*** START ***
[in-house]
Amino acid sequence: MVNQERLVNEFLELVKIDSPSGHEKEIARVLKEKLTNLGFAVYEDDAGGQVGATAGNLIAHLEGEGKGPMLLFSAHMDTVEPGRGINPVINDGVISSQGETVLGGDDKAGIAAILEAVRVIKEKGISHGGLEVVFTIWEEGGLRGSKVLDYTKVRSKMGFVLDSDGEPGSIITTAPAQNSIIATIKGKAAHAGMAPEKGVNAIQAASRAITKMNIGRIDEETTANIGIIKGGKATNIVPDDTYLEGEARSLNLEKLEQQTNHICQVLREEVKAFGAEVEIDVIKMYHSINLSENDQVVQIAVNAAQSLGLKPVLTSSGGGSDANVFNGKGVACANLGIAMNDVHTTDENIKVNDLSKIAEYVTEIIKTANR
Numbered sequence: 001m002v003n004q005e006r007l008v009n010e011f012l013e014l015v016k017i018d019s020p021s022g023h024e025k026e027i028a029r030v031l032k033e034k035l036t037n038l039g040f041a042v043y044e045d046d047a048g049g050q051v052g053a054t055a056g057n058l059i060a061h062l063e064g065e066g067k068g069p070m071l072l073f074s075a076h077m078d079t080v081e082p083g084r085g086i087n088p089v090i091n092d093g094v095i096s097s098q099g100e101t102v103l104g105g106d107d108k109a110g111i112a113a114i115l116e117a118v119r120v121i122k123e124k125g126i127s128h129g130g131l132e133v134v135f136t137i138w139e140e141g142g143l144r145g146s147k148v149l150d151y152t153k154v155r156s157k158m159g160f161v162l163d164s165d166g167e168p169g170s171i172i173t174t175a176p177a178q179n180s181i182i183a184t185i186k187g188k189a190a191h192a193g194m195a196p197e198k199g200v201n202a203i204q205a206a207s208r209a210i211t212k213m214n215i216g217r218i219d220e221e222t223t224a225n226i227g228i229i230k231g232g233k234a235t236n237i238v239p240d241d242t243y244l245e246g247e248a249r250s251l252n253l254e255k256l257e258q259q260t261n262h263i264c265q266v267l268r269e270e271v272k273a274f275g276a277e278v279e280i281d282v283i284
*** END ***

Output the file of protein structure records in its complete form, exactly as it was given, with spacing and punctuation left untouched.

[in-house]
Amino acid sequence: MVNQERLVNEFLELVKIDSPSGHEKEIARVLKEKLTNLGFAVYEDDAGGQVGATAGNLIAHLEGEGKGPMLLFSAHMDTVEPGRGINPVINDGVISSQGETVLGGDDKAGIAAILEAVRVIKEKGISHGGLEVVFTIWEEGGLRGSKVLDYTKVRSKMGFVLDSDGEPGSIITTAPAQNSIIATIKGKAAHAGMAPEKGVNAIQAASRAITKMNIGRIDEETTANIGIIKGGKATNIVPDDTYLEGEARSLNLEKLEQQTNHICQVLREEVKAFGAEVEIDVIKMYHSINLSENDQVVQIAVNAAQSLGLKPVLTSSGGGSDANVFNGKGVACANLGIAMNDVHTTDENIKVNDLSKIAEYVTEIIKTANR
Numbered sequence: 001m002v003n004q005e006r007l008v009n010e011f012l013e014l015v016k017i018d019s020p021s022g023h024e025k026e027i028a029r030v031l032k033e034k035l036t037n038l039g040f041a042v043y044e045d046d047a048g049g050q051v052g053a054t055a056g057n058l059i060a061h062l063e064g065e066g067k068g069p070m071l072l073f074s075a076h077m078d079t080v081e082p083g084r085g086i087n088p089v090i091n092d093g094v095i096s097s098q099g100e101t102v103l104g105g106d107d108k109a110g111i112a113a114i115l116e117a118v119r120v121i122k123e124k125g126i127s128h129g130g131l132e133v134v135f136t137i138w139e140e141g142g143l144r145g146s147k148v149l150d151y152t153k154v155r156s157k158m159g160f161v162l163d164s165d166g167e168p169g170s171i172i173t174t175a176p177a178q179n180s181i182i183a184t185i186k187g188k189a190a191h192a193g194m195a196p197e198k199g200v201n202a203i204q205a206a207s208r209a210i211t212k213m214n215i216g217r218i219d220e221e222t223t224a225n226i227g228i229i230k231g232g233k234a235t236n237i238v239p240d241d242t243y244l245e246g247e248a249r250s251l252n253l254e255k256l257e258q259q260t261n262h263i264c265q266v267l268r269e270e271v272k273a274f275g276a277e278v279e280i281d282v283i284